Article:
AN OVERVIEW OF AETIOPATHOGENESIS AND PREVENTION OF INFECTIOUS CANCERSAbstract
Currently, the knowledge on the oncogenic behaviour exhibited by microbial agents is the result of long and laborious studies conducted over the years. It started with the liver fluke infection associated with bile duct carcinoma and bilharziasis with bladder cancer. Following this, multiple pathogens got implicated in carcinogenesis, including bacteria, many viruses, and even fungi. For some of these infections, the cancer-causal association has confirmatory evidence, but the data is limited for others. There is a need to understand the pathogenesis of these infectious cancers and the oncogenic mechanism of newly implicated infectious agents being added to the list of infectious cancer. Cancers arising out of infections are theoretically preventable either by vaccination or early treatment and careful drafting of public health policies can help to reduce the cancer burden. The concept of herd immunity in cancer prevention is new and emerging, but as it has an established role in preventing some infectious diseases, the same advantage can be conferred in the prevention of infectious cancers. Cancer research has a huge potential when it comes to cancer prevention, and the role of vaccination and herd immunity needs to be explored further.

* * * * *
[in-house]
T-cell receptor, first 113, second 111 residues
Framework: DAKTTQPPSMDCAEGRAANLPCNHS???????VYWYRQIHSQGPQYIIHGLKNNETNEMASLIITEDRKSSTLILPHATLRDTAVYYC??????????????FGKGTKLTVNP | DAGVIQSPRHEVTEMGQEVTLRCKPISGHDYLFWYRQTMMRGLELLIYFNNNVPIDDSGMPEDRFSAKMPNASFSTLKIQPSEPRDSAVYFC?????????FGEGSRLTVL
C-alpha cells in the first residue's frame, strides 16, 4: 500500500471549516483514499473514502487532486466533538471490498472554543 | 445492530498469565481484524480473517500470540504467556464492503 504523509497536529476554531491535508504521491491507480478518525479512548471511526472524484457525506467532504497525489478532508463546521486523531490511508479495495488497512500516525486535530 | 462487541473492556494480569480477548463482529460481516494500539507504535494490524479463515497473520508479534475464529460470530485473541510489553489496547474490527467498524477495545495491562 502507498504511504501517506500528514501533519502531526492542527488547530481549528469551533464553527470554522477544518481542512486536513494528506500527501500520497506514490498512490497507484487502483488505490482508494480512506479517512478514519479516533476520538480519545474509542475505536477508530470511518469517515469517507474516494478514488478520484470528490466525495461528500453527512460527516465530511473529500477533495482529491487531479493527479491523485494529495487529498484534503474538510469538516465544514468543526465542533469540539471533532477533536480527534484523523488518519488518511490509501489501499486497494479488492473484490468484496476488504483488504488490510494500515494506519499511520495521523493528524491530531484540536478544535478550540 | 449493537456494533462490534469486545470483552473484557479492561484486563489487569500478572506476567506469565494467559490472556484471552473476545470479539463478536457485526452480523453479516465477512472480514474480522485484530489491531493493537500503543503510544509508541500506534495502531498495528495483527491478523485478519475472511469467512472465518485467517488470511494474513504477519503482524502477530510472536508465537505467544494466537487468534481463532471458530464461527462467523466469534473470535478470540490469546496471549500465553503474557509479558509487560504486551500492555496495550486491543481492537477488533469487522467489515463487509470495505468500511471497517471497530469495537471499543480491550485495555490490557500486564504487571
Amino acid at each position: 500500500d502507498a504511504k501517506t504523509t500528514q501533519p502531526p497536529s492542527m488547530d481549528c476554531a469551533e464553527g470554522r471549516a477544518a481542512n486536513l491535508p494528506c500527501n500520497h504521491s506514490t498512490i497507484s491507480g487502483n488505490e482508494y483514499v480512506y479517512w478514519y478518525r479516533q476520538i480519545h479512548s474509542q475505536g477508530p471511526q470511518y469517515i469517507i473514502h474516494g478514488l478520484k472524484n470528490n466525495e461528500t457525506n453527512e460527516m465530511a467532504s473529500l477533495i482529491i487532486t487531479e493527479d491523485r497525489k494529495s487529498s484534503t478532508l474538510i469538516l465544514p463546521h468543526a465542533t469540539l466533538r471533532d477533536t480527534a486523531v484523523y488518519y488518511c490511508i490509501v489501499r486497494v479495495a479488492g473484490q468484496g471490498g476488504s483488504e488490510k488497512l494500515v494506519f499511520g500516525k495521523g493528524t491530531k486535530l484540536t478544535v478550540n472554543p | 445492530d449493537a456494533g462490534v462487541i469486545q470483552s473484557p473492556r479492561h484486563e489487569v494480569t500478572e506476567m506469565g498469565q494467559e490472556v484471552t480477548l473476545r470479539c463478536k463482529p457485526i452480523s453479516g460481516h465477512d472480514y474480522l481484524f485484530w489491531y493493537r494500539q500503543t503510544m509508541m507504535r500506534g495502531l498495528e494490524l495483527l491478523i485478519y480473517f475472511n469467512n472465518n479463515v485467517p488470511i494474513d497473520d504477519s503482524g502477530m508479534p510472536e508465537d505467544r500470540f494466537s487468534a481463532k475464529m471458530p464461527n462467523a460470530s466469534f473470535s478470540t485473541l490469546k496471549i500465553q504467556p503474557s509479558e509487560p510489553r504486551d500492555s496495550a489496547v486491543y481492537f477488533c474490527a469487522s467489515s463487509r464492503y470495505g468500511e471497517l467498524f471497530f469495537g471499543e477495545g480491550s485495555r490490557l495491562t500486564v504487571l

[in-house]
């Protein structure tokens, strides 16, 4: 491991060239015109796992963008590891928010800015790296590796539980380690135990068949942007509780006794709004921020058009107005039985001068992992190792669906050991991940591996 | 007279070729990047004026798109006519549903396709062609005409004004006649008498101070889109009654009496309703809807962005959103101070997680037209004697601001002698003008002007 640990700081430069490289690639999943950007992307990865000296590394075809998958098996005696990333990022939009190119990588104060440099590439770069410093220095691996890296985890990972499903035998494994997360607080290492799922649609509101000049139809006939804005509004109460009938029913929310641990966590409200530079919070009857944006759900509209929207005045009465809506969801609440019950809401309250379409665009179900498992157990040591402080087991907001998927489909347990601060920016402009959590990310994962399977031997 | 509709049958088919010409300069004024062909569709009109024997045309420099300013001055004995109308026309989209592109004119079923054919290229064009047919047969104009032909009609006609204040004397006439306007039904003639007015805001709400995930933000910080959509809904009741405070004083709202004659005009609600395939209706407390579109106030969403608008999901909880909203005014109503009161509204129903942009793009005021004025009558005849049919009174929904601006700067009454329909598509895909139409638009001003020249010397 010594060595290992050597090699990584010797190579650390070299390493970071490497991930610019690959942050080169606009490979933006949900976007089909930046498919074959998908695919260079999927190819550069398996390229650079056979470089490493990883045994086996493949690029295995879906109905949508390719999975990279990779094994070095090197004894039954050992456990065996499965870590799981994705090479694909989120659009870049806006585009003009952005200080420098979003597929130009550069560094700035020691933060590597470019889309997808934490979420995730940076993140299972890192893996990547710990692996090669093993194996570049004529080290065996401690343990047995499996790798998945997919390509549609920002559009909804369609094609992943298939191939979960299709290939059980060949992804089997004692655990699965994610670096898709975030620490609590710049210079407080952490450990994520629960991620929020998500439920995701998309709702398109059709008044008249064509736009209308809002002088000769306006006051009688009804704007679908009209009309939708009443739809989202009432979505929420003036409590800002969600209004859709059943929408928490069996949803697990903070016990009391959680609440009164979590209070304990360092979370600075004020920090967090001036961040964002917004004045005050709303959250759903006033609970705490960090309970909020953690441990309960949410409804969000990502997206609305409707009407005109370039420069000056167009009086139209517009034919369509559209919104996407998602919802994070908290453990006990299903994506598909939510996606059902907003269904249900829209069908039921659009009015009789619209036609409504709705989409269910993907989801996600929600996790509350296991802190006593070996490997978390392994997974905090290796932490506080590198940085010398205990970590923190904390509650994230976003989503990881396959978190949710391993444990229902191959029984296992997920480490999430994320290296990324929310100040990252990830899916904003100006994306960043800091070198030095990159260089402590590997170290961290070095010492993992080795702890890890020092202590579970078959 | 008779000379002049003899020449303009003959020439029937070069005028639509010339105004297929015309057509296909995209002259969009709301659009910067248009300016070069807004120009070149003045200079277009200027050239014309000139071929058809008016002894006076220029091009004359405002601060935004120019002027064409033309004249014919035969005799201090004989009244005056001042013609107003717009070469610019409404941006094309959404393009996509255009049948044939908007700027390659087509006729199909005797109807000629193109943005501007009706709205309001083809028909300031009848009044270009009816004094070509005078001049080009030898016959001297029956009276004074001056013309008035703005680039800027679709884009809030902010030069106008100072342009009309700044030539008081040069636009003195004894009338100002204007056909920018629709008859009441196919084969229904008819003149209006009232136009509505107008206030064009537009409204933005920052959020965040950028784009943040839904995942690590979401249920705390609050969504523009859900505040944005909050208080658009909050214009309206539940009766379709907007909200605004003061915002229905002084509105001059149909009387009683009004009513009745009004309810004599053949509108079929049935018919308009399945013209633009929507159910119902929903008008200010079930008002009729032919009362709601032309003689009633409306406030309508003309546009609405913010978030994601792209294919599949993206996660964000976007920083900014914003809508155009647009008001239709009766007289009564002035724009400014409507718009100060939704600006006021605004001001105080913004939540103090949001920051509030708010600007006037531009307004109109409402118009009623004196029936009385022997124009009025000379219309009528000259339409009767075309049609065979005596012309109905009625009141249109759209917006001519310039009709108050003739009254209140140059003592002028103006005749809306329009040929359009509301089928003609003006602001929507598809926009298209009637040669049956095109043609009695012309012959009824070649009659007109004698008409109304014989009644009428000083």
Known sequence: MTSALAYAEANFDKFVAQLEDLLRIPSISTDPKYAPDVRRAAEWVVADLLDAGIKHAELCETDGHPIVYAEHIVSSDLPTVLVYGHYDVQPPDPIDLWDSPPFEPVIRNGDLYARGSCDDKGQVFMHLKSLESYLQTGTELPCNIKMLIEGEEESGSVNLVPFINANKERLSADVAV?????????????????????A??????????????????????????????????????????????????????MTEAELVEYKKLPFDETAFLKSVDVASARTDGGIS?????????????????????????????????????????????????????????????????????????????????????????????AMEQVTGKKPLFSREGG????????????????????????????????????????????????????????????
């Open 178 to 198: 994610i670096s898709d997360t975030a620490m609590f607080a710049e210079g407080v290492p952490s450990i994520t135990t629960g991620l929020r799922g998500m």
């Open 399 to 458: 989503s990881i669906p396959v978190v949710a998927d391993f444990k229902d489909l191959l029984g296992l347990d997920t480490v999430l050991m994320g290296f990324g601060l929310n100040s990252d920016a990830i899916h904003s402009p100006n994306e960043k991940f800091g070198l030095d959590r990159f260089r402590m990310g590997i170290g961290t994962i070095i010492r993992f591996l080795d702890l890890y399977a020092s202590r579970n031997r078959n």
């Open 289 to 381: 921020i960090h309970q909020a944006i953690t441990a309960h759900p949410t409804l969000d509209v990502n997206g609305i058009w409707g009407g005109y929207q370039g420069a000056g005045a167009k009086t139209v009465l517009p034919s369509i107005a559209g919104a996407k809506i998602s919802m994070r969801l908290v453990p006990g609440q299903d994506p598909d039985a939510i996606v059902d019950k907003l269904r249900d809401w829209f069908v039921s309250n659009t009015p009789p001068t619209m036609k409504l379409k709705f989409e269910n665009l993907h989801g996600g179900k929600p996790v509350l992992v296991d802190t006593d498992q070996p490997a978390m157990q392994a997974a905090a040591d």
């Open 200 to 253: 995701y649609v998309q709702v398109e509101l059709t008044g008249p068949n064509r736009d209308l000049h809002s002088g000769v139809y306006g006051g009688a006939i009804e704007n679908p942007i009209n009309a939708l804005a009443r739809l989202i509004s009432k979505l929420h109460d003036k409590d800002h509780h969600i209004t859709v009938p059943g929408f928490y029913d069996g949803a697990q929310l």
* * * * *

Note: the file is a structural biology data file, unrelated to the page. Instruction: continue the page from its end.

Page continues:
Mandeep Kaur, Rahul Sandhu, Priya Datta and Varsha Gupta *
Department of Microbiology, Government Medical College Hospital, Chandigarh, India.
04 October 2020
27 June 2021
19 July 2021
01 November 2021